It’s been a busy close-season transfer window for Arsenal. While the acquisitions of Giroud, Podolski and Cazorla have been encouraging, already the window is starting to acquire a tinge of that familiar old feeling: disappointment.
While the somewhat acrimonious loss of Van Persie was predictable and has now been largely accepted, the departure of Alex Song was less expected and clear cut. While club ‘insiders’ have been planting seeds of doubt as to Song’s commitment to the Arsenal cause, particularly in training, he has been a key member of the squad for the past few seasons, building his influence from midfield and last season contributing a significant number of assists. Yes there were further problems; he wasn’t really acting as a defensive screen, and there were rumoured to be contract grumbles. However selling yet another key player without a top-quality replacement brings back fears of repeating transfer-window shambles we’ve seen in the past.
In all honesty I’d have been happy with our transfer work, even the loss of Song, had Wenger managed to acquire a quality replacement like Nuri Sahin. A truly gifted midfield passer, our interest was concrete yet Arsenal lost out to Liverpool – a club not even in the Champions League. It’s been alleged that Liverpool’s bid gained preference because of Brendan Rodgers good relationship with Jose Mourinho, Sahin’s coach at Real Madrid, and it’s a reminder that Arsene’s sometimes standoffish character can come back to bite him in his transfer activity. But now the Sahin ship has sailed, and not for the first time.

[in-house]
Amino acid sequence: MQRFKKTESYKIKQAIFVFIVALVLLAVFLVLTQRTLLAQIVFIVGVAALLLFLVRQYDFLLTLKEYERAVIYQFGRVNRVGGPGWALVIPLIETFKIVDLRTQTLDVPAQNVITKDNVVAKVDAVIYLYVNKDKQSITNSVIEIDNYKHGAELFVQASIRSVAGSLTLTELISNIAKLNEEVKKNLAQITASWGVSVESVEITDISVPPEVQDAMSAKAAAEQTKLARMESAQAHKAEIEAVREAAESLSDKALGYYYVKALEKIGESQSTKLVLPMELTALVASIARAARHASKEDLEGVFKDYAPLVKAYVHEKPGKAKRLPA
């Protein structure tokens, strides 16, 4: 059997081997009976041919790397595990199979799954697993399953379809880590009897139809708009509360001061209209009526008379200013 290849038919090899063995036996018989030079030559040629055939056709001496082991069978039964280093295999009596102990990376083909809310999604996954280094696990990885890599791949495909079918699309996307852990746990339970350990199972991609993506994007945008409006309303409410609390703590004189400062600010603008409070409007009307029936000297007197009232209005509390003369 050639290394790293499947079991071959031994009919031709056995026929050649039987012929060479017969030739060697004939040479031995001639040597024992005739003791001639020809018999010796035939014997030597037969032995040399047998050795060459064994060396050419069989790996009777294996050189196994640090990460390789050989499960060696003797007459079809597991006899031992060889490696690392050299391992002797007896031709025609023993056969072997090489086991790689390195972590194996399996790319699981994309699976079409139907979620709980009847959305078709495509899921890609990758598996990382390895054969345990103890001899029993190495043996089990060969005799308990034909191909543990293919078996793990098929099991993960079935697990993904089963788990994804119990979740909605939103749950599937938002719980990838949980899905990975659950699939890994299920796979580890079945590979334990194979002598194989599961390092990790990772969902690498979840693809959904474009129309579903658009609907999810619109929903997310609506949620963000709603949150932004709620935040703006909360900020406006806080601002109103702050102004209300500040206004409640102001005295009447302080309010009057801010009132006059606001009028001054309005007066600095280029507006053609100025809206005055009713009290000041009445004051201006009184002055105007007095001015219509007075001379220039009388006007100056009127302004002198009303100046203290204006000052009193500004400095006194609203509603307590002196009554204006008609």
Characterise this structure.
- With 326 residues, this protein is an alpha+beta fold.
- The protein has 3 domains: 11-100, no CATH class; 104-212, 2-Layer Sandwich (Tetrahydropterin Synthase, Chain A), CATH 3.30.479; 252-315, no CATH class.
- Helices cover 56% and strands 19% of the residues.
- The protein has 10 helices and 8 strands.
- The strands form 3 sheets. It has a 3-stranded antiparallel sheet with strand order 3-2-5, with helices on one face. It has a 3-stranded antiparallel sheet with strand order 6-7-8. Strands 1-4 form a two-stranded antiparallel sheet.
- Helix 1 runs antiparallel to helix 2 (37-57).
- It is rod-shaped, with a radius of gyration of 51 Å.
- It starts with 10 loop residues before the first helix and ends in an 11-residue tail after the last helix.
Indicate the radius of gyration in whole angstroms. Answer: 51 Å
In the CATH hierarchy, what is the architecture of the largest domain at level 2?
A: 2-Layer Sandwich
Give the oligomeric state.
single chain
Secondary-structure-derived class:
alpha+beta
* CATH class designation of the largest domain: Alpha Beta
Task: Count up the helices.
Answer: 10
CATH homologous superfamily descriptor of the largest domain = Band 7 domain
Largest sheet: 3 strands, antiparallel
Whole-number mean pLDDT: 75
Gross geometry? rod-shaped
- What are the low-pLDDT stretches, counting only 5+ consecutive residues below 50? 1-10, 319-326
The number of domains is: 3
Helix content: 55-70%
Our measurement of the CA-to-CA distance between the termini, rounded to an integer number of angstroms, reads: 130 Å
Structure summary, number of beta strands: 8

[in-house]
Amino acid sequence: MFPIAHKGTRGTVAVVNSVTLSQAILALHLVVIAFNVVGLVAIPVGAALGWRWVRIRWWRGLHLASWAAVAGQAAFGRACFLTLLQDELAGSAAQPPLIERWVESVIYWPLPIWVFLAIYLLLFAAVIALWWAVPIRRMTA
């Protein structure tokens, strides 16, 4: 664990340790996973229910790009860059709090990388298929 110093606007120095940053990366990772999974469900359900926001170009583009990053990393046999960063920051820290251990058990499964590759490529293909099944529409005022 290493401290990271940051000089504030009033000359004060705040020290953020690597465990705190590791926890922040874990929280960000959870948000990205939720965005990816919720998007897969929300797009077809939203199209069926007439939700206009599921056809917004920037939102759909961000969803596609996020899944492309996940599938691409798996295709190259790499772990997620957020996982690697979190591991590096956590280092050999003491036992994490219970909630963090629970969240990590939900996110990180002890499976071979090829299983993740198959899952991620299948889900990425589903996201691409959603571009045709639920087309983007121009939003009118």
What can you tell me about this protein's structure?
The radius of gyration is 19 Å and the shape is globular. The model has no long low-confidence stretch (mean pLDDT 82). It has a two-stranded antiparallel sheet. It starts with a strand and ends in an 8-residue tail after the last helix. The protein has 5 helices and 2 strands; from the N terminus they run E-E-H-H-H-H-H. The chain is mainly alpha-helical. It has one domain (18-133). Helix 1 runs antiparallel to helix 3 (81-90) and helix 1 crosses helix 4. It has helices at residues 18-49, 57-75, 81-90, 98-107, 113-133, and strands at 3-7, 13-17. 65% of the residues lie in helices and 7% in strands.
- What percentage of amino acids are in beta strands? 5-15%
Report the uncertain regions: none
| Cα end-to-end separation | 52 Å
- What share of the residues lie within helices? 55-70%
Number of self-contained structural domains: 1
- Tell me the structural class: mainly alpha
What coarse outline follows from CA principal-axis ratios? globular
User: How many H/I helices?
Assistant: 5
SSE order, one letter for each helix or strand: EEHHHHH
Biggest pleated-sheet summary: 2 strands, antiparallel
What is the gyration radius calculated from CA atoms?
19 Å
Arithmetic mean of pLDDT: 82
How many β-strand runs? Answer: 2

Much as with Cazorla, this isn’t the first time Sahin has been available so why are we so slow to react? Sahin, the youngest player in Bundesliga history when he made his debut, left Borussia Dortmund for around £10million last season. A snip, and while we may not have been able to compete with Real Madrid for appeal surely it was worth a go? Cazorla meanwhile moved to Malaga after his club Villareal were relegated, and while Malaga’s new financial issues meant they had to sell we could have been enjoying his considerable skills for a year longer if we had jumped in. Now the Permier League flavour of the month, the exquisitely skilful and powerful Moussa Dembele of Fulham, is likely to move and we are nowhere to be seen. Why aren’t we competing for these high calibre players when there’s a slot in midfield and they are available?
For me it seems as though stubbornness, in persisting with what we’ve got, and simply being off the pace in the transfer market, is putting our ability to get anything from the coming season at risk.
Joel is a Gooner and writes for Powerleague, the leader for 5 a side in London.